Reading urban climate scientist becomes first woman to win prestigious meteorology prize
07 June 2021
University of Reading scientists have taken home five out of 19 awards in the 2020 Royal Meteorological Society (RMetS) Awards and Prizes, including a Reading professor becoming the first female recipient of one of its top medals.
Professor Sue Grimmond won the Symons Gold Medal for her work advancing understanding of urban climates and helping to improve the environment in cities around the world, as well as supporting young researchers.
She was among six Reading scientists – including one PhD student – to be named in the RMetS awards, for their weather and climate research, including projects that have provided drought data to African farmers, and advanced knowledge of historic weather by engaging with the public.
Full list of Reading winners:
<!--[if !supportLists]-->- <!--[endif]-->Professor Sue Grimmond - Symons Gold Medal
<!--[if !supportLists]-->- <!--[endif]-->Professor Sarah Dance - Adrian Gill Prize
<!--[if !supportLists]-->- <!--[endif]-->Professor Emily Black - Hugh Robert Mill Award
<!--[if !supportLists]-->- <!--[endif]-->Mr Simon Lee - Malcolm Walker Award
<!--[if !supportLists]-->- <!--[endif]-->Dr Philip Craig - GDJ Editors’ Award
<!--[if !supportLists]-->- <!--[endif]-->Dr Ed Hawkins - GDJ Editors’ Award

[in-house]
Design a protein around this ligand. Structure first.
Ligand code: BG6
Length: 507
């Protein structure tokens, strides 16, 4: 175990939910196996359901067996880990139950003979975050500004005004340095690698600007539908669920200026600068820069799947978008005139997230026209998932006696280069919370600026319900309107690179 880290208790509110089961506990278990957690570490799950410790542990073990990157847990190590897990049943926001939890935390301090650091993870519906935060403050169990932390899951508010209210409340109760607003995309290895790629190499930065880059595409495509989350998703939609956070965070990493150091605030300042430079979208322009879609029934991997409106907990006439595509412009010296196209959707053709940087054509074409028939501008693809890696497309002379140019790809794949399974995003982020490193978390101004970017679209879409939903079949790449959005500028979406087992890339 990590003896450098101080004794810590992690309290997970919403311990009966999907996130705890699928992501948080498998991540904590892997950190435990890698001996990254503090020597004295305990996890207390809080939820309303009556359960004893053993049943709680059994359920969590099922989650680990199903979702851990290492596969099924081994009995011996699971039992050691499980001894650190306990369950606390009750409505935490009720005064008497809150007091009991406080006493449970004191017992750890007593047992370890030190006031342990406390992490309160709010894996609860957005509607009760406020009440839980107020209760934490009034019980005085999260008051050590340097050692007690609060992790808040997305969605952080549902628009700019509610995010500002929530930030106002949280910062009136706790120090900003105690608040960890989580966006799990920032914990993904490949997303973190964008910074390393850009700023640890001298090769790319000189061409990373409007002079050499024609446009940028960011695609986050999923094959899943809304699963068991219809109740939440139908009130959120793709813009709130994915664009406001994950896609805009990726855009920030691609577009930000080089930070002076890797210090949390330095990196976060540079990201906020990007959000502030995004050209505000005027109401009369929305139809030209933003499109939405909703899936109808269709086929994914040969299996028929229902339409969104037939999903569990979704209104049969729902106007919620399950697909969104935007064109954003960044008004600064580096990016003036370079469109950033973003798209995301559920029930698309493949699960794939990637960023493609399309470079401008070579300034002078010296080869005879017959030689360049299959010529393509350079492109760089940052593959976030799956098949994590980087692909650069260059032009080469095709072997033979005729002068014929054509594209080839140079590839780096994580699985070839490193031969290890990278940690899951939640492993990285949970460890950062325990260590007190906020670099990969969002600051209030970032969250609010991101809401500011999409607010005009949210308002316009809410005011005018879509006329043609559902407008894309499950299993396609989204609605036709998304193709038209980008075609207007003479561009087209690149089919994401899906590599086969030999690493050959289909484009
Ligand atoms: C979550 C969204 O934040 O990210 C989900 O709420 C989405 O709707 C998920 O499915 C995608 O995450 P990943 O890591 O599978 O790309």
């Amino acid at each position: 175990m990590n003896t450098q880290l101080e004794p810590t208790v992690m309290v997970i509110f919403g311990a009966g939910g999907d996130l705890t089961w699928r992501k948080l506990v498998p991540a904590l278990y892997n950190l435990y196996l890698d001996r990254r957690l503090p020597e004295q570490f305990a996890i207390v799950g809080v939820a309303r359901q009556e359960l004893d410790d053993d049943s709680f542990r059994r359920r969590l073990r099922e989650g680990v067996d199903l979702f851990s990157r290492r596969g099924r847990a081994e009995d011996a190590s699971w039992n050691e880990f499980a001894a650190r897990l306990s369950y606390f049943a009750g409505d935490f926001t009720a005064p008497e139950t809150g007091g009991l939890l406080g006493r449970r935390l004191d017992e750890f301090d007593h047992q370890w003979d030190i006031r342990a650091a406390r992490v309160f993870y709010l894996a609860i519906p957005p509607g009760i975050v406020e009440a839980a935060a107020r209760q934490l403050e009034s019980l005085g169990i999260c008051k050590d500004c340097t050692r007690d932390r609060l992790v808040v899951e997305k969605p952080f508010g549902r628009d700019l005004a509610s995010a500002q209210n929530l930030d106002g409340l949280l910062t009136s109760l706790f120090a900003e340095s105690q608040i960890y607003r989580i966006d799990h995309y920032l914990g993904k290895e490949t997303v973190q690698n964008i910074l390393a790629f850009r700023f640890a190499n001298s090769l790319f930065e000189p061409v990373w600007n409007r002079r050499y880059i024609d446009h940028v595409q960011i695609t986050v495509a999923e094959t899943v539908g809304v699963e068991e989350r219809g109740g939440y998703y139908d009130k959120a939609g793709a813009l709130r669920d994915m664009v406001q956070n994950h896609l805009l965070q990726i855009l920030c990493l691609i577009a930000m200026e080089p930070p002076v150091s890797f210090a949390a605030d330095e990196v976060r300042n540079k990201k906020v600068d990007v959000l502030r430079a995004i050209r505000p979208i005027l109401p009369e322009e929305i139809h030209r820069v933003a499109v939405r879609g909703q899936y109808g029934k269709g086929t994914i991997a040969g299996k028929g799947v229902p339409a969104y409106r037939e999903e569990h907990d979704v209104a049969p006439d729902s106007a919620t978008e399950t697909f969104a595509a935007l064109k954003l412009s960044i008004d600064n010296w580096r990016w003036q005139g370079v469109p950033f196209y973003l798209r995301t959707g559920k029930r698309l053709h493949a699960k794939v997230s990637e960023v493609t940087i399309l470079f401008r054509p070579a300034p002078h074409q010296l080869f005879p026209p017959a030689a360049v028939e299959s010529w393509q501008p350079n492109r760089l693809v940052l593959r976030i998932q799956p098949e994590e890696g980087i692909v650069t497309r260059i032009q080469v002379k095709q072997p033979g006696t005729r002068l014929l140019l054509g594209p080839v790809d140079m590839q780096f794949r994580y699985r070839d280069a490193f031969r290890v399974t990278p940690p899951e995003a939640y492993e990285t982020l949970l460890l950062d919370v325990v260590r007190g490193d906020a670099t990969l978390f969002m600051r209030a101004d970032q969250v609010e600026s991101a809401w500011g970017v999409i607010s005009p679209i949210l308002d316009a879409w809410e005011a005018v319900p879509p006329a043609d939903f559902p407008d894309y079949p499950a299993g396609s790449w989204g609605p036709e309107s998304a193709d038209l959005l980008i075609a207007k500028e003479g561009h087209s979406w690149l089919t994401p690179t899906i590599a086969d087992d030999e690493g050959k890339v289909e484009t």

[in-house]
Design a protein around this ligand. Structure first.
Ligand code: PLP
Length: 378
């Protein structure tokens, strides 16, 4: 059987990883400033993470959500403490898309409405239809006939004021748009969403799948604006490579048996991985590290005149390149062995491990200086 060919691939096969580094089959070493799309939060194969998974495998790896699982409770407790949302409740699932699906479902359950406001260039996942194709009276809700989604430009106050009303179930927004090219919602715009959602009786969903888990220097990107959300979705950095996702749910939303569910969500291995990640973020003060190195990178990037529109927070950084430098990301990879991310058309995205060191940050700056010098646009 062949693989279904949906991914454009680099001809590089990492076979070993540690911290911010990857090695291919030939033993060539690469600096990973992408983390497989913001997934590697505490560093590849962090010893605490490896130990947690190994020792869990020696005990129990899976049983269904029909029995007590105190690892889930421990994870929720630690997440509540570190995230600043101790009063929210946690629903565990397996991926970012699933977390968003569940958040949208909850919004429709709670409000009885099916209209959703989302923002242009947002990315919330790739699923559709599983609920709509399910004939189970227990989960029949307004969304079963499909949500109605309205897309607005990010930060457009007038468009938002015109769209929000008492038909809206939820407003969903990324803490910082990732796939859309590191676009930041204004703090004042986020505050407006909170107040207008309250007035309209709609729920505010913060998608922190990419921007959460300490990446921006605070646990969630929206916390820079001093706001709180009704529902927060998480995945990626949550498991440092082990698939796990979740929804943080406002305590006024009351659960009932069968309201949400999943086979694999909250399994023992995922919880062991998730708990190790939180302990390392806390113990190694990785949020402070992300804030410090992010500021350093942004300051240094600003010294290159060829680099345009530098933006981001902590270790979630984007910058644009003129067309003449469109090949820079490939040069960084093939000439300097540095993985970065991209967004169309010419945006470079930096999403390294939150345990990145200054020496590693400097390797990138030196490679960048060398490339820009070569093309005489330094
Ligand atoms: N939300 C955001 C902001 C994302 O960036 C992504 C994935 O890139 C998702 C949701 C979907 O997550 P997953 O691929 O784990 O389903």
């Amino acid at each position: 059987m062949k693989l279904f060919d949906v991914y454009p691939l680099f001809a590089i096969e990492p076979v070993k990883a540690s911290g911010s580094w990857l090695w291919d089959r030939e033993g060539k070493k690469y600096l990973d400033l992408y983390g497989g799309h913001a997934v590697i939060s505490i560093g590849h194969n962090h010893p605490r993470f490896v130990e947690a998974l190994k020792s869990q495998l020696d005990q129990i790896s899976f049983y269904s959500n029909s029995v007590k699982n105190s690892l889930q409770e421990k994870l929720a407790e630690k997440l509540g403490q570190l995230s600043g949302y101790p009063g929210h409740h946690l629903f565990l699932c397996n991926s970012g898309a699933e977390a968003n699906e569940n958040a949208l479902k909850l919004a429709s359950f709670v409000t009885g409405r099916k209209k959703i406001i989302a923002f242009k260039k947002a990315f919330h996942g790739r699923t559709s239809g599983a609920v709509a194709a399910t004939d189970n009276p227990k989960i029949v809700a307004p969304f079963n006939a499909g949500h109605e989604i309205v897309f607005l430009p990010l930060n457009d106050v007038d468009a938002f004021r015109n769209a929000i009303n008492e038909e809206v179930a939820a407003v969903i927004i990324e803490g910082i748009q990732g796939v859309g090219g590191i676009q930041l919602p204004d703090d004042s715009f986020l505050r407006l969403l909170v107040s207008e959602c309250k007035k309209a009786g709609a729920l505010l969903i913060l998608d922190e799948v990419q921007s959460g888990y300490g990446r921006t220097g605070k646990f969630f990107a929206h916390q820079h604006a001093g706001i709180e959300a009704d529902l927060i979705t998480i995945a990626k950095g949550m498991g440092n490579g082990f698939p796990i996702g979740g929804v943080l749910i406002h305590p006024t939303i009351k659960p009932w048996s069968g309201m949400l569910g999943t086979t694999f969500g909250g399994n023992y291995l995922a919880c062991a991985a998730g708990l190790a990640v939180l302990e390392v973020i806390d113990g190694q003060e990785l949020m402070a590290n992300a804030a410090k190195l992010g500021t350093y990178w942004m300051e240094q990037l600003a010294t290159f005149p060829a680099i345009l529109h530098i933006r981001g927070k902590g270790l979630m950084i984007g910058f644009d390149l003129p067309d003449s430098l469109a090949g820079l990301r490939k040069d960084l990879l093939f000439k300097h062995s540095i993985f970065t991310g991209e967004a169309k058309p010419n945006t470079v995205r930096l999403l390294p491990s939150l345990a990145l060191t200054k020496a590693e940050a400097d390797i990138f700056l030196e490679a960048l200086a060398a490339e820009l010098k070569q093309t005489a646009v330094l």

The Royal Meteorological Society is the UK’s Professional and Learned Society for weather and climate. It works to strengthen the science and raise awareness of the importance of weather and climate, support meteorological professionals and inspire enthusiasts.
Its awards recognise people and teams who have made exceptional contributions to weather, climate and associated disciplines.
Professor Sue Grimmond
Professor Grimmond won the Symons Gold Medal, which is awarded every two years to recognise notable work in connection with meteorological science.
Her long-term observations and unique datasets have had a significant impact on weather and climate predictions, as well as understanding the effects of air pollution, which has influenced long term urban planning and policy.
Through her work with leading organisations such as the World Meteorological Organization, Met Office and International Association of Urban Climate, she has ensured that cutting edge science can be translated into operational services for the built environment.
Professor Grimmond said: “Urban climatology is now a vibrant field, addressing pressing scientific issues with profound implications for human health and wellbeing and sustainable global futures.
“My research, both in measurement and modelling, would not have been possible without all those I have had the privilege to work with – undergraduate and postgraduate students, post-docs, technicians, administrative support staff, academics, and research colleagues in multiple cities around the world.”
Professor Sarah Dance
Professor Dance won the Adrian Gill Prize for her world-leading research in data assimilation for hazardous weather and flood prediction.
This has been transformational in bringing together the disciplines of mathematics, numerical weather prediction and hydrology and enabled significant improvements in forecast accuracy throughout the world.